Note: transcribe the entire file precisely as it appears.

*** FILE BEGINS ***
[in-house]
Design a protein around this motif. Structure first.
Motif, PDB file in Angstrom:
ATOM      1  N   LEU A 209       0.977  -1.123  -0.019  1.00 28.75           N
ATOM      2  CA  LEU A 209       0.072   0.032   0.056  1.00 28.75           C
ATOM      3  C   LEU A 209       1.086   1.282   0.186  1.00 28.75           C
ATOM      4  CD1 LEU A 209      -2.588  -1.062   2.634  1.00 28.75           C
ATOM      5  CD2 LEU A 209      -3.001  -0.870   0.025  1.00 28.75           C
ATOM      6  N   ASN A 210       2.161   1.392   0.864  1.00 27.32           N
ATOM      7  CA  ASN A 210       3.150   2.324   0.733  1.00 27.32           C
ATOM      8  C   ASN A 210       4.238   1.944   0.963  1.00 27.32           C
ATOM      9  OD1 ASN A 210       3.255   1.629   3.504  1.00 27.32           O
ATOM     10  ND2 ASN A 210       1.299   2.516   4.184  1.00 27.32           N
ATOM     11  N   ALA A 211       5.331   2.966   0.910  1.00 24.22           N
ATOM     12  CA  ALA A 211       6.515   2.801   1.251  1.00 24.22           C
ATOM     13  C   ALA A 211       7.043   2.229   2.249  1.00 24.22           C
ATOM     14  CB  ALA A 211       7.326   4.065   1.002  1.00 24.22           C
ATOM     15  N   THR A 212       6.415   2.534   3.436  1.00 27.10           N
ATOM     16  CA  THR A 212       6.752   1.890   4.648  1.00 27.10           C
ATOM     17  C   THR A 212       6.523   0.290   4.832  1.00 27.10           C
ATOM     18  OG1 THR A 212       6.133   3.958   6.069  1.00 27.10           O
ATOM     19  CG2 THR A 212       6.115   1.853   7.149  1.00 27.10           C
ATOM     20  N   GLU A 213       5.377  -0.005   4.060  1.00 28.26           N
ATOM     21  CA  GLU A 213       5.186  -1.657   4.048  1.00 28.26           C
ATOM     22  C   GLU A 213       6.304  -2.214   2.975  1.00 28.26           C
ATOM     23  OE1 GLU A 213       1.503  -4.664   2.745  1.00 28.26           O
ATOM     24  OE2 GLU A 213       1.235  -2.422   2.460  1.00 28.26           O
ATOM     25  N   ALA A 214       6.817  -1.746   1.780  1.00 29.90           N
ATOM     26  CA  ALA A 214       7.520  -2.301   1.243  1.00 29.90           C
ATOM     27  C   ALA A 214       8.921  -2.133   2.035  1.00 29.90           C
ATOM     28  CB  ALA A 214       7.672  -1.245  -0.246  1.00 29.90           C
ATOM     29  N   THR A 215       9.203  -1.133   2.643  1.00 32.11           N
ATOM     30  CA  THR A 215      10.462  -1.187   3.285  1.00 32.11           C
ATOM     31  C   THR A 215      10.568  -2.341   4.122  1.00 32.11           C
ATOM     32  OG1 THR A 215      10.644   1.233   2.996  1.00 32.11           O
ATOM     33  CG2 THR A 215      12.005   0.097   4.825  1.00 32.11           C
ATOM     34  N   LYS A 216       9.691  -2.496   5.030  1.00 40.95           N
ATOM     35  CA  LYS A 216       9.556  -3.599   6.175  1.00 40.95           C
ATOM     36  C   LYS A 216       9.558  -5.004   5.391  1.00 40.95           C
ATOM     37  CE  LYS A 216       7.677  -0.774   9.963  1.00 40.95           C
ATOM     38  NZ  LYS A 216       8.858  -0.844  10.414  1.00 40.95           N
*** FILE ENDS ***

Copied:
[in-house]
Design a protein around this motif. Structure first.
Motif, PDB file in Angstrom:
ATOM      1  N   LEU A 209       0.977  -1.123  -0.019  1.00 28.75           N
ATOM      2  CA  LEU A 209       0.072   0.032   0.056  1.00 28.75           C
ATOM      3  C   LEU A 209       1.086   1.282   0.186  1.00 28.75           C
ATOM      4  CD1 LEU A 209      -2.588  -1.062   2.634  1.00 28.75           C
ATOM      5  CD2 LEU A 209      -3.001  -0.870   0.025  1.00 28.75           C
ATOM      6  N   ASN A 210       2.161   1.392   0.864  1.00 27.32           N
ATOM      7  CA  ASN A 210       3.150   2.324   0.733  1.00 27.32           C
ATOM      8  C   ASN A 210       4.238   1.944   0.963  1.00 27.32           C
ATOM      9  OD1 ASN A 210       3.255   1.629   3.504  1.00 27.32           O
ATOM     10  ND2 ASN A 210       1.299   2.516   4.184  1.00 27.32           N
ATOM     11  N   ALA A 211       5.331   2.966   0.910  1.00 24.22           N
ATOM     12  CA  ALA A 211       6.515   2.801   1.251  1.00 24.22           C
ATOM     13  C   ALA A 211       7.043   2.229   2.249  1.00 24.22           C
ATOM     14  CB  ALA A 211       7.326   4.065   1.002  1.00 24.22           C
ATOM     15  N   THR A 212       6.415   2.534   3.436  1.00 27.10           N
ATOM     16  CA  THR A 212       6.752   1.890   4.648  1.00 27.10           C
ATOM     17  C   THR A 212       6.523   0.290   4.832  1.00 27.10           C
ATOM     18  OG1 THR A 212       6.133   3.958   6.069  1.00 27.10           O
ATOM     19  CG2 THR A 212       6.115   1.853   7.149  1.00 27.10           C
ATOM     20  N   GLU A 213       5.377  -0.005   4.060  1.00 28.26           N
ATOM     21  CA  GLU A 213       5.186  -1.657   4.048  1.00 28.26           C
ATOM     22  C   GLU A 213       6.304  -2.214   2.975  1.00 28.26           C
ATOM     23  OE1 GLU A 213       1.503  -4.664   2.745  1.00 28.26           O
ATOM     24  OE2 GLU A 213       1.235  -2.422   2.460  1.00 28.26           O
ATOM     25  N   ALA A 214       6.817  -1.746   1.780  1.00 29.90           N
ATOM     26  CA  ALA A 214       7.520  -2.301   1.243  1.00 29.90           C
ATOM     27  C   ALA A 214       8.921  -2.133   2.035  1.00 29.90           C
ATOM     28  CB  ALA A 214       7.672  -1.245  -0.246  1.00 29.90           C
ATOM     29  N   THR A 215       9.203  -1.133   2.643  1.00 32.11           N
ATOM     30  CA  THR A 215      10.462  -1.187   3.285  1.00 32.11           C
ATOM     31  C   THR A 215      10.568  -2.341   4.122  1.00 32.11           C
ATOM     32  OG1 THR A 215      10.644   1.233   2.996  1.00 32.11           O
ATOM     33  CG2 THR A 215      12.005   0.097   4.825  1.00 32.11           C
ATOM     34  N   LYS A 216       9.691  -2.496   5.030  1.00 40.95           N
ATOM     35  CA  LYS A 216       9.556  -3.599   6.175  1.00 40.95           C
ATOM     36  C   LYS A 216       9.558  -5.004   5.391  1.00 40.95           C
ATOM     37  CE  LYS A 216       7.677  -0.774   9.963  1.00 40.95           C
ATOM     38  NZ  LYS A 216       8.858  -0.844  10.414  1.00 40.95           N